The way around this is to use mechanisms which do not trigger DNS lookups, e.g. ip4 and ip6, and then use mx if possible as that gets you up to 10 further names, each of which can have more than one IP.

Since SPF results in arbitrary DNS requests with potentially exponential scaling, it could easily be exploited for DOS/amplification attacks. It has deliberately low limits to prevent this: it does not scale the way you want.


10 mechanisms (strictly mechanisms + the "redirect" modifier) causing DNS look-ups is not exactly the same thing as 10 DNS look-ups though. Even "DNS lookups" is open to interpretation, you don't know in advance how many discrete lookups are required, and you don't know how many discrete lookups your recursive resolver may need to perform (see below).

RFC 4408 §10.1:

SPF implementations MUST limit the number of mechanisms and modifiers that do DNS lookups to at most 10 per SPF check, including any lookups caused by the use of the "include" mechanism or the "redirect" modifier. If this number is exceeded during a check, a PermError MUST be returned. The "include", "a", "mx", "ptr", and "exists" mechanisms as well as the "redirect" modifier do count against this limit. The "all", "ip4", and "ip6" mechanisms do not require DNS lookups and therefore do not count against this limit.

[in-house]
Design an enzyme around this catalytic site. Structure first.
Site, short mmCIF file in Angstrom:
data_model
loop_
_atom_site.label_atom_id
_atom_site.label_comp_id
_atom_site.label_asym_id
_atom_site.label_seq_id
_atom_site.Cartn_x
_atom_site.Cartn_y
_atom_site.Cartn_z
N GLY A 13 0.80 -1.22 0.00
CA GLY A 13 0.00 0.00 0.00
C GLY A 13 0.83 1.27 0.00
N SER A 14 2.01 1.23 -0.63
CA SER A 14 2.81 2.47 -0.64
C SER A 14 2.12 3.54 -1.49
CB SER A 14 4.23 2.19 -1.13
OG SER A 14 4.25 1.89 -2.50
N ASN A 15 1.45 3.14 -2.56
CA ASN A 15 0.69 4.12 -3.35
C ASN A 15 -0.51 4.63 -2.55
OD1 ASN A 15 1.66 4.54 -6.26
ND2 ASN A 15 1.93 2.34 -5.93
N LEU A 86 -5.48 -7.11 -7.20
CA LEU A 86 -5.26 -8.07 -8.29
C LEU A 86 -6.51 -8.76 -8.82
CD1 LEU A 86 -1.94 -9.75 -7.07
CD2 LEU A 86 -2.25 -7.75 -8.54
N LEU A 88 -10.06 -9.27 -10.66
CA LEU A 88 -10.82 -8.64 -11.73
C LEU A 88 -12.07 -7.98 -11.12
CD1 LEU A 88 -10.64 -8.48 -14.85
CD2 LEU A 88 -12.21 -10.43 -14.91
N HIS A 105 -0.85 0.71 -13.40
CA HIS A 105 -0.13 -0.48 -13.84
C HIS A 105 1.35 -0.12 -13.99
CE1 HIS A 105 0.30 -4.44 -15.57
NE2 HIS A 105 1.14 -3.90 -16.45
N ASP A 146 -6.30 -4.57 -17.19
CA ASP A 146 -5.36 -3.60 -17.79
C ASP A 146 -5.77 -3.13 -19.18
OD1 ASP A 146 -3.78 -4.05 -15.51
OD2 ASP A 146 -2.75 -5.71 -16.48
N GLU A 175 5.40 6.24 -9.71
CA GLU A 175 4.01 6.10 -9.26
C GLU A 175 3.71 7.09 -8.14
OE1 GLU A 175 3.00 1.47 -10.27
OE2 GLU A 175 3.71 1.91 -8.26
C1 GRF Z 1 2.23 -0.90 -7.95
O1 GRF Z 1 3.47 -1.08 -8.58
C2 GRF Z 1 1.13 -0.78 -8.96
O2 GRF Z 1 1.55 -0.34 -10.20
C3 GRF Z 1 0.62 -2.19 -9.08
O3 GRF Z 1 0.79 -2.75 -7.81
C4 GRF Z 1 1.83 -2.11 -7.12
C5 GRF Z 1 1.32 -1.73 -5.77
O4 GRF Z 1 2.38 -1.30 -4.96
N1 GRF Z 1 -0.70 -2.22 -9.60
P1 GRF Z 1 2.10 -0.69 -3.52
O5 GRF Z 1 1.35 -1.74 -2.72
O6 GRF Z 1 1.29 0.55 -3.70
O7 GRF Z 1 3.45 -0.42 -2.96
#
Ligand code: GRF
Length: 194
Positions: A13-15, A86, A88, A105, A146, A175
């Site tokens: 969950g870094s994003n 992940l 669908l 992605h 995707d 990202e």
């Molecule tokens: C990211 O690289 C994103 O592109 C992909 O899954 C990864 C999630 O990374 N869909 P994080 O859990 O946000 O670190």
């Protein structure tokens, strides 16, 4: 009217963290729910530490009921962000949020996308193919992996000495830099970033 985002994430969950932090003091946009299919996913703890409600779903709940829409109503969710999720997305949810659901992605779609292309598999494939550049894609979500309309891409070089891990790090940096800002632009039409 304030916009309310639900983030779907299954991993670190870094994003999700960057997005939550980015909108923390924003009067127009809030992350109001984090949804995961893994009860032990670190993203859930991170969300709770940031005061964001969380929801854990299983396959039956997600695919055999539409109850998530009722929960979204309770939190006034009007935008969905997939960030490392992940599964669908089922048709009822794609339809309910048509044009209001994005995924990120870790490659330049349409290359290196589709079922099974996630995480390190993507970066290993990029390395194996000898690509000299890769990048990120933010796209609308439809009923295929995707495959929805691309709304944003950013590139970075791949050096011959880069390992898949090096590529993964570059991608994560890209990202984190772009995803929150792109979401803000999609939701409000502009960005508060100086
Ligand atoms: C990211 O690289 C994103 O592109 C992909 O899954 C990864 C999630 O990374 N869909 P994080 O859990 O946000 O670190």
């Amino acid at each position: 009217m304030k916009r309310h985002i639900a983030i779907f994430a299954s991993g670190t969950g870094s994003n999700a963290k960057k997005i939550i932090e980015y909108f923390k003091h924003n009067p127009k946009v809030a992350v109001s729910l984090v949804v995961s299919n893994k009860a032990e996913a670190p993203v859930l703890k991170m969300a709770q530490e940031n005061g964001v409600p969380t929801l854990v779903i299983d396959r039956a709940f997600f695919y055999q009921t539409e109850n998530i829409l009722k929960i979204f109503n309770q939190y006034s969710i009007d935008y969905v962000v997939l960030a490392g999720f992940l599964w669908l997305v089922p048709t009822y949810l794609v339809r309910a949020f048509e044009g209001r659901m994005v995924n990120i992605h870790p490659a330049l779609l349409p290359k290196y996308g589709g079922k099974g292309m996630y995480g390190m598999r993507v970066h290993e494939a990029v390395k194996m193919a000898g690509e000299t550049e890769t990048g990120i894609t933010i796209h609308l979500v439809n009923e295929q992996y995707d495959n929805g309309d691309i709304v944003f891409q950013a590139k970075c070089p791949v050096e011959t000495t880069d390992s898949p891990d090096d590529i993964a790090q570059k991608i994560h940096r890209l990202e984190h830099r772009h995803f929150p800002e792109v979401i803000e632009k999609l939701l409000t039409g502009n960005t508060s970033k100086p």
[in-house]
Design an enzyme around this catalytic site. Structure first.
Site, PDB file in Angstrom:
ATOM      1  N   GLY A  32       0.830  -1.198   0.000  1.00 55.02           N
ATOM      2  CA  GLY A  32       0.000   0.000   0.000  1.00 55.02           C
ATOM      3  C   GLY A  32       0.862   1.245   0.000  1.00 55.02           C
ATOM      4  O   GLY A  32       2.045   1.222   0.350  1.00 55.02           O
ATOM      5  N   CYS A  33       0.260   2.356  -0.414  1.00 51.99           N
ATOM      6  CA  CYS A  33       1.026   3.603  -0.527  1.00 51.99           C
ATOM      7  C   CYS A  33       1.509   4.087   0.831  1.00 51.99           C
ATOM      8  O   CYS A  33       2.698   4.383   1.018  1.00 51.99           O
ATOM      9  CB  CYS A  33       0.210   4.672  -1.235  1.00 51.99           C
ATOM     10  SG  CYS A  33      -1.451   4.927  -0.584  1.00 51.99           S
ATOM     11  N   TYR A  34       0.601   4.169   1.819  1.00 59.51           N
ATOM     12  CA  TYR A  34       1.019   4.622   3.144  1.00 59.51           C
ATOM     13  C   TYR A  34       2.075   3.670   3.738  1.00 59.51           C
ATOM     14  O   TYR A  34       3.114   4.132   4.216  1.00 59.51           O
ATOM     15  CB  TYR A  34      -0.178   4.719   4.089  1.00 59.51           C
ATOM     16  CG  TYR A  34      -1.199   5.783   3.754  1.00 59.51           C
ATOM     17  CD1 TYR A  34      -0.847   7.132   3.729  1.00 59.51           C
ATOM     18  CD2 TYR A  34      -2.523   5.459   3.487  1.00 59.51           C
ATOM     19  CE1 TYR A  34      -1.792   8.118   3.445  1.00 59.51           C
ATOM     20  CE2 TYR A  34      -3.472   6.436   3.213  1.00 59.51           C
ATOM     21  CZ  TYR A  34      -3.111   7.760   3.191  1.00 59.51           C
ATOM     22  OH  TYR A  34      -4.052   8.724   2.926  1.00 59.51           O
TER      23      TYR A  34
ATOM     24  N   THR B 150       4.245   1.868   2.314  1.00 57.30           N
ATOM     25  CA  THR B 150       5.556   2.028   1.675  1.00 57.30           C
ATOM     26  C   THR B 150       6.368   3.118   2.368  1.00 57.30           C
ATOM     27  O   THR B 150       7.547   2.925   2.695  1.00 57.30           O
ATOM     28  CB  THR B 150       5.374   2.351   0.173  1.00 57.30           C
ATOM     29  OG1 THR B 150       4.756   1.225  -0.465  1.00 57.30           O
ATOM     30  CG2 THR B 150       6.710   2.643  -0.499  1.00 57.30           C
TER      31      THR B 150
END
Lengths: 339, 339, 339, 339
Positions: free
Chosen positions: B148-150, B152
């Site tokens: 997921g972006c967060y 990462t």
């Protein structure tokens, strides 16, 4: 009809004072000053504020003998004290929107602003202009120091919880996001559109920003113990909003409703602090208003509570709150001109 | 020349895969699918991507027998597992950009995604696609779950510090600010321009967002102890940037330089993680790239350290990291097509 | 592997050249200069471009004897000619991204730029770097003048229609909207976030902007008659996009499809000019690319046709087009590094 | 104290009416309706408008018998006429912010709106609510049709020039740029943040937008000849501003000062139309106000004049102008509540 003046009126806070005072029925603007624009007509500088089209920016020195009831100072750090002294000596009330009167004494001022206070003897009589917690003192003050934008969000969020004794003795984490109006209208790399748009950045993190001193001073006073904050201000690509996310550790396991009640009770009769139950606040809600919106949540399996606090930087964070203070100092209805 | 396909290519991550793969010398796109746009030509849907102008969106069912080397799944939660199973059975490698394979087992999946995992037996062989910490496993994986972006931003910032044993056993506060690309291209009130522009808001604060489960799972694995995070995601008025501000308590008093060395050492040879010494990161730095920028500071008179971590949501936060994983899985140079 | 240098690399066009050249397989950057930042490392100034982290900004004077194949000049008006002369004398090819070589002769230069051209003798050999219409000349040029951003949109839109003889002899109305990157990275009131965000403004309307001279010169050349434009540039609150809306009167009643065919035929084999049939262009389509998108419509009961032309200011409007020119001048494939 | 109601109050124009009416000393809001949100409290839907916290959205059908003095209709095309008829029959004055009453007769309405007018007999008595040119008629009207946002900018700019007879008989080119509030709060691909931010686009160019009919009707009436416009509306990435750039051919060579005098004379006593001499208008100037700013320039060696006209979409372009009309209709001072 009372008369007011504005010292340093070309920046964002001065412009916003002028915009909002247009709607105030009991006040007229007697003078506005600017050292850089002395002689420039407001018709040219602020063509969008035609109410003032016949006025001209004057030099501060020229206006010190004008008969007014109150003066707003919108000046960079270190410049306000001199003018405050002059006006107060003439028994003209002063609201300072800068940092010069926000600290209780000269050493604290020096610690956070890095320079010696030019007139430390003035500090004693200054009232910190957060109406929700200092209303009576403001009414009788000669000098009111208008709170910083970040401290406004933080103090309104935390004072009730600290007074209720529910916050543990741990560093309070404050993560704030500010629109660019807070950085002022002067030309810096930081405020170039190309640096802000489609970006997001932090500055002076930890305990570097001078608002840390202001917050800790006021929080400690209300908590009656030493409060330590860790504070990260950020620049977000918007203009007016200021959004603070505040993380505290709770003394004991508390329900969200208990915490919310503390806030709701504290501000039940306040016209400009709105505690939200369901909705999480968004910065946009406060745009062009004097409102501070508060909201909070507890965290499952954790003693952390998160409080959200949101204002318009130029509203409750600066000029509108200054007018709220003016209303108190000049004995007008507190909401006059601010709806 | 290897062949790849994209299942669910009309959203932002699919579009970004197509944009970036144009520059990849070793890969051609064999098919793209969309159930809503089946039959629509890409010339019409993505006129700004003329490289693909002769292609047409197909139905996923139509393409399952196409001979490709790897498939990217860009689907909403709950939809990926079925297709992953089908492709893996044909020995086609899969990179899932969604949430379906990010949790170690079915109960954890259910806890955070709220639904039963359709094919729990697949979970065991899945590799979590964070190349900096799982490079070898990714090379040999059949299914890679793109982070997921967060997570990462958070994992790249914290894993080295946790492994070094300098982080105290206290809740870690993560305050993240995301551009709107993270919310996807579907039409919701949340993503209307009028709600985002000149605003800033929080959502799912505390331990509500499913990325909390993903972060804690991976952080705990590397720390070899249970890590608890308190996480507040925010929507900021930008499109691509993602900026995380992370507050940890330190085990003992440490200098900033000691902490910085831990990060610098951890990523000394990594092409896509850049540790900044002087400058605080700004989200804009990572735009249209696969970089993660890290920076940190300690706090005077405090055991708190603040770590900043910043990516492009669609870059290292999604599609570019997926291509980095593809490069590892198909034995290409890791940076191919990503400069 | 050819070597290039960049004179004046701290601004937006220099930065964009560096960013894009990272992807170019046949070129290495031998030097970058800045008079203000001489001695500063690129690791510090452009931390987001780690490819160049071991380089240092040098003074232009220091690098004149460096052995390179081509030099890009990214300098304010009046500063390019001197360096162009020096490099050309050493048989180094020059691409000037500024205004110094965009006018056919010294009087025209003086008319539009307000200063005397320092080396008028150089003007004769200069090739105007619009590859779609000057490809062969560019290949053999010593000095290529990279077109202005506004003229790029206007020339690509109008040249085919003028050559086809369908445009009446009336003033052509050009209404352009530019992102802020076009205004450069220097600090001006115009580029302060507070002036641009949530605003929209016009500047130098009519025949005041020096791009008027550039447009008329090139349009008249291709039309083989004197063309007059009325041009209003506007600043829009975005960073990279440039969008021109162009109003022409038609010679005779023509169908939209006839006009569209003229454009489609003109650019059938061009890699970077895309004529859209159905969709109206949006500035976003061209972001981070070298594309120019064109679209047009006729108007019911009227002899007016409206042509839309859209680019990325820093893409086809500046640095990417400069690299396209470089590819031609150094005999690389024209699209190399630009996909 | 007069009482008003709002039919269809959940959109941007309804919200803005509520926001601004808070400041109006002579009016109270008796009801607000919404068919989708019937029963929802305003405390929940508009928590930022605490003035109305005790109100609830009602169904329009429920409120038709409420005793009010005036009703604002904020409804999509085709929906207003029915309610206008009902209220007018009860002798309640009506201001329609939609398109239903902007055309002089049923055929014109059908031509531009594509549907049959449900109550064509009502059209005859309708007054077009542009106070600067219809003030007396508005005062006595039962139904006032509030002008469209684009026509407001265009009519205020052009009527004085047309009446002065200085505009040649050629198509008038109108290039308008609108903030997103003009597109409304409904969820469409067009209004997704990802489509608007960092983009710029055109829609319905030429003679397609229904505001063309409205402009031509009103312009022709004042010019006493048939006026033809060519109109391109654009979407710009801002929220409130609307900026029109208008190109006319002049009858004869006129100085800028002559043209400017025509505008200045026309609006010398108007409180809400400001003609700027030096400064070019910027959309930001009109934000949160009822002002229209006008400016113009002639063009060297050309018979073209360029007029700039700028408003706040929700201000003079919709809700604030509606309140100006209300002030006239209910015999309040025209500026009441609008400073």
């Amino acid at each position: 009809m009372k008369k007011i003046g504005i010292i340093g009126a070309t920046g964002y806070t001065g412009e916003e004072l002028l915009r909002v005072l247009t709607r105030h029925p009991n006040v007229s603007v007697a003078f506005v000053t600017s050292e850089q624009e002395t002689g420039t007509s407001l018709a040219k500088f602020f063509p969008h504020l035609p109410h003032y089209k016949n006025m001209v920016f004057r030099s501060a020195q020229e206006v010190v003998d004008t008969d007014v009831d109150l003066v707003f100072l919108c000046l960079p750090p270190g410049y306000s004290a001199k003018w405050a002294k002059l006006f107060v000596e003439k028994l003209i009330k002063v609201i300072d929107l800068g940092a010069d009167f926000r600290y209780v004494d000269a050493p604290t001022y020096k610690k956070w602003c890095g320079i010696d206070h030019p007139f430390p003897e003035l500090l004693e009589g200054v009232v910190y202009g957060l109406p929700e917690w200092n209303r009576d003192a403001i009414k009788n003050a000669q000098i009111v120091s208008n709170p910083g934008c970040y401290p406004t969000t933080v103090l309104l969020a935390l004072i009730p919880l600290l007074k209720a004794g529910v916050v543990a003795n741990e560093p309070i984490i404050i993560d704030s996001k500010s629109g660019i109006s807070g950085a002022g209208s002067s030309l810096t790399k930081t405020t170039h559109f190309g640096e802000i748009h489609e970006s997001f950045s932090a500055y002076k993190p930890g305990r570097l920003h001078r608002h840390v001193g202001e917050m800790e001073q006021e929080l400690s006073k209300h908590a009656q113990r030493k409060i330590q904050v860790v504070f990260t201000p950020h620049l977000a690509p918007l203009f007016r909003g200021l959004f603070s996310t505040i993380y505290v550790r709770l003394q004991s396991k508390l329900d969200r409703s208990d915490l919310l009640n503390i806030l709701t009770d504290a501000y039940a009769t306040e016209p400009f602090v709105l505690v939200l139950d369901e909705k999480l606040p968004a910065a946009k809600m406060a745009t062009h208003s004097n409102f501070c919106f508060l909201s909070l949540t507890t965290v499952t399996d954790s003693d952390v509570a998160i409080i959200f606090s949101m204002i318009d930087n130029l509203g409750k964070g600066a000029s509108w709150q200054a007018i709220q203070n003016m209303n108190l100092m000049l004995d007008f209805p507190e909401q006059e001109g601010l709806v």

[...]

When evaluating the "mx" and "ptr" mechanisms, or the %{p} macro, there MUST be a limit of no more than 10 MX or PTR RRs looked up and checked.

So you may use up to 10 mechanisms/modifiers which trigger DNS lookups. (The wording here is poor: it seems to state only the upper bound of the limit, a confirming implementation could have a limit of 2.)

§5.4 for the mx mechanism, and §5.5 for the ptr mechanism each have a limit of 10 lookups of that kind of name, and that applies to the processing of that mechanism only, e.g.:

To prevent Denial of Service (DoS) attacks, more than 10 MX names MUST NOT be looked up during the evaluation of an "mx" mechanism (see Section 10).

i.e. you may have 10 mx mechanisms, with up to 10 MX names, so each of those may cause 20 DNS operations (10 MX + 10 A DNS lookups each) for total of 200. It's similar for ptr or %{p}, you can look up 10 ptr mechanisms, hence 10x10 PTRs, each PTR also requires an A lookup, again a total of 200.

This is exactly what the 2009.10 test suite checks, see the "Processing Limits" tests.